Killer whales are one of the largest ocean predators, but in the waters off the coast of British Columbia, researchers say hunters are starving.
According to a new study from the University of British Columbia, endangered southern resident killer whales are missing thousands of much-needed daily calories.
“They don’t get 28,716 calories, or about 17 percent of what they need on a daily basis,” said study lead author Fanny Couture. “If we’re talking about humans, we’ll say it’s the equivalent of missing one meal a day.”
Couture is a marine ecologist at UBC’s Institute for Oceans and Fisheries. She says orcas have been in an alarming and constant “energy deficit” since 2018.
“That means the whales used more energy than they consumed from food, and they are very large animals with large energy demands,” he said.
With fewer than 80 in the wild, the southern residents are the smallest orca population in the Pacific Northwest. Not only have they been an iconic fixture in BC, they are culturally significant to West Coast First Nations.
Together with her team, Couture reviewed data from 1979 to 2020 to analyze the abundance, age, and size of the different species of salmon that killer whales consume.
“Chinook salmon make up as much as 90 percent of their food source, and we know that their populations have also declined,” he said.
Wild chinook, also known as king salmon, are prized for their large size; however, their stocks are in steep decline.
According to the Pacific Salmon Commissionwhich is a joint regulatory body run by Canada and the United States, Chinook salmon populations “have declined 60 percent” since 1984.
Fisheries and Oceans of Canada cites a number of factors by a drop in the salmon population, including “habitat destruction, harvesting, and the effects of climate change.”
“There’s a real urgency to all of this because killer whales and Chinooks are so connected, and we need to really understand what’s going on with both the prey and the predator,” Couture said.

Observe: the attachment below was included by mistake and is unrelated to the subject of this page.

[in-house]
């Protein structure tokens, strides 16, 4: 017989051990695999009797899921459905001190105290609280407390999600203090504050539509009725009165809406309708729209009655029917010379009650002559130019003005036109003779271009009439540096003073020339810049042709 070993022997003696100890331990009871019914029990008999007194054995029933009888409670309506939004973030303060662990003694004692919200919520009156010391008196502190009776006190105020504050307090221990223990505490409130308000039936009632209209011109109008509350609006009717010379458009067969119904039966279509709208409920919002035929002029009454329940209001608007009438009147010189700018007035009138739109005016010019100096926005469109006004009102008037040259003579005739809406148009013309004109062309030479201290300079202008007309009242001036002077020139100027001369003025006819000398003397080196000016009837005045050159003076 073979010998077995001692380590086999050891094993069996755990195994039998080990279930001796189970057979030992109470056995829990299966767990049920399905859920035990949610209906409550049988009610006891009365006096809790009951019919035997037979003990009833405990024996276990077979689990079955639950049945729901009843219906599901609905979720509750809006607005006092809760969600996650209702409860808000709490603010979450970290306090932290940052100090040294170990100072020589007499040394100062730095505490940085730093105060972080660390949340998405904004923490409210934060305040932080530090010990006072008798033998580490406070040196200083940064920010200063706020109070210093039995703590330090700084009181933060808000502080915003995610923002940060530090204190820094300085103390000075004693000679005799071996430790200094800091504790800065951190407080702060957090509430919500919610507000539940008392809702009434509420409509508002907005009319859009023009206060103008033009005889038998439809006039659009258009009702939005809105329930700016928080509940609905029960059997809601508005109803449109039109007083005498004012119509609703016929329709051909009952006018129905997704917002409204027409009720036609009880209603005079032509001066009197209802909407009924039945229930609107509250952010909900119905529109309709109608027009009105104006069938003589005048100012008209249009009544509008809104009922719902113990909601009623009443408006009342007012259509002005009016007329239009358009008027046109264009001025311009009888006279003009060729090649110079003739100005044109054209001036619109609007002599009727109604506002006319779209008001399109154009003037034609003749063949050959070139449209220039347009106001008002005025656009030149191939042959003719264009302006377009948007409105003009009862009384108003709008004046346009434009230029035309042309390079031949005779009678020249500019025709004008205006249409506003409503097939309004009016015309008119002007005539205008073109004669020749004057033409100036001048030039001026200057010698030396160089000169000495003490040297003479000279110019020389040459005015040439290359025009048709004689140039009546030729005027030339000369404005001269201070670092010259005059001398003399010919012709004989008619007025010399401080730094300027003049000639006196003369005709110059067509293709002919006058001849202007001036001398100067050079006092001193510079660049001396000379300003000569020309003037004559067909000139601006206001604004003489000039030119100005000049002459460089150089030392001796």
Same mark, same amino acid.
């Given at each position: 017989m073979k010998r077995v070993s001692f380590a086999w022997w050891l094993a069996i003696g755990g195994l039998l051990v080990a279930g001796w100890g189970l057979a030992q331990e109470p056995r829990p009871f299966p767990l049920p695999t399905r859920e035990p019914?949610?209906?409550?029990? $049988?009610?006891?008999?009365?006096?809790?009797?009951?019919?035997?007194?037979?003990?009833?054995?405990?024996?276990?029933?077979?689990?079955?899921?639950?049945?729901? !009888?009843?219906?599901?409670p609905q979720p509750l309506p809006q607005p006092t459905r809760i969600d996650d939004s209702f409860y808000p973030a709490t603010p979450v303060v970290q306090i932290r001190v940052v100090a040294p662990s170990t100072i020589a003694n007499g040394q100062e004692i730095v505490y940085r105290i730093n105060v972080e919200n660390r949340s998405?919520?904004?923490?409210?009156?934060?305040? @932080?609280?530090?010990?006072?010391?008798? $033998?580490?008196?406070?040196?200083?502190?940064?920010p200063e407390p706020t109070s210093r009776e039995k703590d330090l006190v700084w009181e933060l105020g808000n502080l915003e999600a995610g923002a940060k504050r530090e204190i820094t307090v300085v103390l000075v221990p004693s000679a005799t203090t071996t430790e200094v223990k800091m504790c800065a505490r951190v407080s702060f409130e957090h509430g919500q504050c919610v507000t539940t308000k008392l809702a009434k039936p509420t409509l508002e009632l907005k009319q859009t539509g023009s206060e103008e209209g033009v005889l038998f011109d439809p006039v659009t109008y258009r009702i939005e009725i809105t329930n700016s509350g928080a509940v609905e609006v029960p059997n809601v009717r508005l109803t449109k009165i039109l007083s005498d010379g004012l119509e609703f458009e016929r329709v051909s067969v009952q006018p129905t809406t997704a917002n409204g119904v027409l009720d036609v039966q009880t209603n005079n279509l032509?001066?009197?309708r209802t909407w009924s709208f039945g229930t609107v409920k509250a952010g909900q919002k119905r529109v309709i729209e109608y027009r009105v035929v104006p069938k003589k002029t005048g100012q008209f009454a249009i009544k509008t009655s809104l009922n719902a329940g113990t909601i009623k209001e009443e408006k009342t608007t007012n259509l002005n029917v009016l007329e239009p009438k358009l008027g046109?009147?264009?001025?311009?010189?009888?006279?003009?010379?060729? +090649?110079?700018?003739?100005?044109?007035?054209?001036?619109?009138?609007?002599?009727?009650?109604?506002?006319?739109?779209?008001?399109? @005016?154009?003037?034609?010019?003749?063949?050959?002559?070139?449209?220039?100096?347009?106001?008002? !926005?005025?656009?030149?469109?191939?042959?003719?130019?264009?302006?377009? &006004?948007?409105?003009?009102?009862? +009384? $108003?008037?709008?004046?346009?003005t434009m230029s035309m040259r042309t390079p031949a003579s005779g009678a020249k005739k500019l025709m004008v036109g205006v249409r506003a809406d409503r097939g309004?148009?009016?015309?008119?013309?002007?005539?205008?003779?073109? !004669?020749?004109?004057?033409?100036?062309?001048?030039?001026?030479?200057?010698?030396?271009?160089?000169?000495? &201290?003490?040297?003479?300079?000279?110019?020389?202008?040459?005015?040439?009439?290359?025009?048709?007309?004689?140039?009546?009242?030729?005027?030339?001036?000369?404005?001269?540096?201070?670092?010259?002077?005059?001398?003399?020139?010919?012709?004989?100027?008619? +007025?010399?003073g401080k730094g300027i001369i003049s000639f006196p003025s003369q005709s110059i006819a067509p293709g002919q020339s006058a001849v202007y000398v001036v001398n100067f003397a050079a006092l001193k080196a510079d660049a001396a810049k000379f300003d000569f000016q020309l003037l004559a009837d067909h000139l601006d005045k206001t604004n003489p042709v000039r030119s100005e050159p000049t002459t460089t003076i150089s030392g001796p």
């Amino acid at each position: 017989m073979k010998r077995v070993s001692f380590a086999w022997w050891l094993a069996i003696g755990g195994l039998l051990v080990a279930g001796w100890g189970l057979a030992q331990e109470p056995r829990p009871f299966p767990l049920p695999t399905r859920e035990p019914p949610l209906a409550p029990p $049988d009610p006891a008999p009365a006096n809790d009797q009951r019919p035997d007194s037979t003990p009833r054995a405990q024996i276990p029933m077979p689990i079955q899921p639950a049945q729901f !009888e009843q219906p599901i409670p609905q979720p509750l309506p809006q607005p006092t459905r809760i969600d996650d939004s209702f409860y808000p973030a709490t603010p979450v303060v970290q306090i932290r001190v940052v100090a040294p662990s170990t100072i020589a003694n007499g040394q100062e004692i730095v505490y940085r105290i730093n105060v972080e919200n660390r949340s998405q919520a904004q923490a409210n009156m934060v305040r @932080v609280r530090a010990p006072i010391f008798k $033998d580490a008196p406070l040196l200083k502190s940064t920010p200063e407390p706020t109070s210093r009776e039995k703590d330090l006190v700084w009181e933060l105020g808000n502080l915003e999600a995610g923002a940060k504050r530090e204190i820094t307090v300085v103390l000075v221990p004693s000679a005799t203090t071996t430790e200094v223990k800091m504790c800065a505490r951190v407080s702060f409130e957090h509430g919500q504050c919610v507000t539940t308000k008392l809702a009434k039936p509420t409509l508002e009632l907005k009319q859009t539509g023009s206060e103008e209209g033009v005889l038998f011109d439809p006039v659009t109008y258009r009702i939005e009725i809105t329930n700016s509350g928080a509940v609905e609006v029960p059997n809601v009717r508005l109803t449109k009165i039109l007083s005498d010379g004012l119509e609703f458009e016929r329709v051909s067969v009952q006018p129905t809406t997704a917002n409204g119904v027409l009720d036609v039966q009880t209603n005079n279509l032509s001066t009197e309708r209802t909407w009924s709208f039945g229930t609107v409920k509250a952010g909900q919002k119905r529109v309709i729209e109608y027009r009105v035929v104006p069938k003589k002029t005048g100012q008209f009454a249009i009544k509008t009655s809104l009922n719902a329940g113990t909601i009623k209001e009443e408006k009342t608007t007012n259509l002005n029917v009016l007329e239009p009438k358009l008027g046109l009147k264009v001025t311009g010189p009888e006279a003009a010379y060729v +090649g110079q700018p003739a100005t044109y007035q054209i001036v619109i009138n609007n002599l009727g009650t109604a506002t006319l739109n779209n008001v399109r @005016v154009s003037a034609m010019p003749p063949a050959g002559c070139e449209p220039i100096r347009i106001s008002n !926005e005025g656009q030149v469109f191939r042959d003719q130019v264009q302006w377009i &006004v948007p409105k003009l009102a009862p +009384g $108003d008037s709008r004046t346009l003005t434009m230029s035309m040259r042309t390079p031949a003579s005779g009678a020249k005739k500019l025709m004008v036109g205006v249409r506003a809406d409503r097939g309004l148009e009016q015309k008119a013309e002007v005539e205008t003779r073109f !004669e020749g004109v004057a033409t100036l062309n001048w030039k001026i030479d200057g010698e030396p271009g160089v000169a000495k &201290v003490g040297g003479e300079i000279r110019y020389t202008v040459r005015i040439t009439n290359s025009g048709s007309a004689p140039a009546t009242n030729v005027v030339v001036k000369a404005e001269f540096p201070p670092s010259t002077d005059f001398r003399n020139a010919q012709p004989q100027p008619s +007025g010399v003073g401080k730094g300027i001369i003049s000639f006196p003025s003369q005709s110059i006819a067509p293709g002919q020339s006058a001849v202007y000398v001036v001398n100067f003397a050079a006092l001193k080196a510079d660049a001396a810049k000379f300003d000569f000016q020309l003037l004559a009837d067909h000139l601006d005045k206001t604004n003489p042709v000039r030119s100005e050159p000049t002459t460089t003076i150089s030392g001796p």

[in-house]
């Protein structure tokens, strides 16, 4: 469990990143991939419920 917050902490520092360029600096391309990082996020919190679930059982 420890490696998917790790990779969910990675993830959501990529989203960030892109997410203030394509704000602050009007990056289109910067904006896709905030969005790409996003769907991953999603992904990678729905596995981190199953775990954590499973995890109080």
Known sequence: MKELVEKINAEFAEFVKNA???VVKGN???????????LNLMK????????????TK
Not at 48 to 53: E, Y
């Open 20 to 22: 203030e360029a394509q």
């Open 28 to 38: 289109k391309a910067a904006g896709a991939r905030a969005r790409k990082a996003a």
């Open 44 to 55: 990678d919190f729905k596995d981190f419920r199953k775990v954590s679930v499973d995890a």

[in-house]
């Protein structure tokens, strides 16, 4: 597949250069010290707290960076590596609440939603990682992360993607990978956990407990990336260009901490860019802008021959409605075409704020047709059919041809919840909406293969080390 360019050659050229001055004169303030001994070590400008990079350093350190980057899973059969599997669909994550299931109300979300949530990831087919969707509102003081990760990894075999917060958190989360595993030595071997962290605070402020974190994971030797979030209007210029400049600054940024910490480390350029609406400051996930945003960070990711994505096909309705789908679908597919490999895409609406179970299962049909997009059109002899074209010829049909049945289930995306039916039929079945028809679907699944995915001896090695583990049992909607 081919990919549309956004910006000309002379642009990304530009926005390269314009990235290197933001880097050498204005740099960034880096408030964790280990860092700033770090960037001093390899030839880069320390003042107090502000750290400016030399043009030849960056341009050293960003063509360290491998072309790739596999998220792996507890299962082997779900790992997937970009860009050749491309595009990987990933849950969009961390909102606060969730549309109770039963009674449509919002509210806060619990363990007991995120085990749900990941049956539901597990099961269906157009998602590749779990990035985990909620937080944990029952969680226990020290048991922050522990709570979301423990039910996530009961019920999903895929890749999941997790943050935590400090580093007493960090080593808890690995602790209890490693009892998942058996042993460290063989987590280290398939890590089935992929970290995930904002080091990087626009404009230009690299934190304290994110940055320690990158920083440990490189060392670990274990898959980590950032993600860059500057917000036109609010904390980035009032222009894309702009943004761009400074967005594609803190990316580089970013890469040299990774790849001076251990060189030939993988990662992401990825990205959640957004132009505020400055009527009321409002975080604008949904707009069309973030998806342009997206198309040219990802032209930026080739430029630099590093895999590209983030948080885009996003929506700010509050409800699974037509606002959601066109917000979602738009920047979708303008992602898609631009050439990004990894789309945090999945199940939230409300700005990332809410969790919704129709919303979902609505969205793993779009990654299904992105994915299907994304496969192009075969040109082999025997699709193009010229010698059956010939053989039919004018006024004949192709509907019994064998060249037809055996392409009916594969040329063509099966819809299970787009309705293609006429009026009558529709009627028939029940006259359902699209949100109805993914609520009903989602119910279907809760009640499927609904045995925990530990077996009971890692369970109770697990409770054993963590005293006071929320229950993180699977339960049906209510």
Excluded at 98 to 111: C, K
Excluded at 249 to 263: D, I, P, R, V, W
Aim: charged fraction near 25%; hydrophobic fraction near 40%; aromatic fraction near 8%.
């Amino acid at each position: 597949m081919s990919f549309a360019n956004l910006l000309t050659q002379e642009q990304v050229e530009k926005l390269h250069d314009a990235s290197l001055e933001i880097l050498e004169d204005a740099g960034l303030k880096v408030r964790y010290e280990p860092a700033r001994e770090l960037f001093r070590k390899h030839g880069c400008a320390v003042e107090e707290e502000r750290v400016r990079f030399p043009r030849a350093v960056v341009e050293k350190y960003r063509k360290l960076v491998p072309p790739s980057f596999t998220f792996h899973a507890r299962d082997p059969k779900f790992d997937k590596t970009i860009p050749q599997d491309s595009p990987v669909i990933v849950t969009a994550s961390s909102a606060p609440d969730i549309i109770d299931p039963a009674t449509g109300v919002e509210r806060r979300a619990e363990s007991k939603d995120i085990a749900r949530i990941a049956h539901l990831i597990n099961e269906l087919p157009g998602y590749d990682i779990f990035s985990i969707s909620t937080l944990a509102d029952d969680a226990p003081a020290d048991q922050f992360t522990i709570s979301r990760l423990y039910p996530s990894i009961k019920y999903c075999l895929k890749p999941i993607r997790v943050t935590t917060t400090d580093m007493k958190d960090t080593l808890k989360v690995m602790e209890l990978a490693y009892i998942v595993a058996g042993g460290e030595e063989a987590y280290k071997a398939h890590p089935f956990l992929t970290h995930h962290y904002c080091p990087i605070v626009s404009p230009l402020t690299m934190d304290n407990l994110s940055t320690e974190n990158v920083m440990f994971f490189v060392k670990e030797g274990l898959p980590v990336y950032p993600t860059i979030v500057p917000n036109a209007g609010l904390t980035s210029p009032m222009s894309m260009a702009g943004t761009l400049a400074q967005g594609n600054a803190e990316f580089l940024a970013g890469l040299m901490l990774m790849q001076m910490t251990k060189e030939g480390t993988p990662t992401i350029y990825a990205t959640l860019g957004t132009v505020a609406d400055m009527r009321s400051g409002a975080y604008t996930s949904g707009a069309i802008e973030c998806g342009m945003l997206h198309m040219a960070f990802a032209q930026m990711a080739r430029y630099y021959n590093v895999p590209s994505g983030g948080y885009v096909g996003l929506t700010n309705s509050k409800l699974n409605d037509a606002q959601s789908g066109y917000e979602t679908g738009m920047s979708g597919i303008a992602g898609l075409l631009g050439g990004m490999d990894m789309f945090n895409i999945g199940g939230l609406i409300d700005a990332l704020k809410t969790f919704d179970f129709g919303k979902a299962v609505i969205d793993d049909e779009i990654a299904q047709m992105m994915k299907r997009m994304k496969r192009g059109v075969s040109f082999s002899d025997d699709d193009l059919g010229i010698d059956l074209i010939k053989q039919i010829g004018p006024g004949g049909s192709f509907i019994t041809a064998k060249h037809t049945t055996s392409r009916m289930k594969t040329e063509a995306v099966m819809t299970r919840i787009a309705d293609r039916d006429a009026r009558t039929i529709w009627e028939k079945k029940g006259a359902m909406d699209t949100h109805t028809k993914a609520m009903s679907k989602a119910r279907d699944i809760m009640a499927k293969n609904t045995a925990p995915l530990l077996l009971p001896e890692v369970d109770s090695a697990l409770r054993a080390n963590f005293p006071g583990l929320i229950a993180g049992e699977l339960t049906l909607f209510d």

Scientists say killer whales are not a fasting species and, depending on their size, need to consume about 200,000 calories a day. With such high energy demands, food shortages can devastate a population.
“They share their food, almost compulsively, so the whole group tends to suffer and lose weight if there’s food depletion,” said Lance Barrett-Lennard, senior scientist at the Raincoast Conservation Foundation.
Barrett-Lennard has been studying killer whales for more than 30 years and is also a co-author of the UBC study.
“When they go through these periods of not having enough food and being in really bad shape, it can affect their ability to hunt, reproduce and grow in size.”
Barrett-Lennard says that young killer whales are often hit the hardest when food is scarce, adding that if they aren’t fed properly for the first three years of life, “they can be about three feet shorter by the time they’re fully developed.”
In 2019, the federal government announced a “enhanced recovery strategy” for southern resident whales that includes area-based fishing bans to increase the availability of Chinook salmon if killer whales feed in the areas.
In April, Ottawa implemented more measures to protect the whales in hopes of boosting their dwindling numbers, but many scientists say more needs to be done to address food shortages.
“There has been a lot of effort and money to try to save endangered southerners, but clearly more needs to be done because the population is not recovering,” Barrett-Lennard said. “They need safe places where they can feed, and we must continue to work to increase the salmon supply for them.”
As for the new study, Couture says he hopes it highlights that both killer whales and Chinook salmon are “important and iconic species for Canada’s west coast.”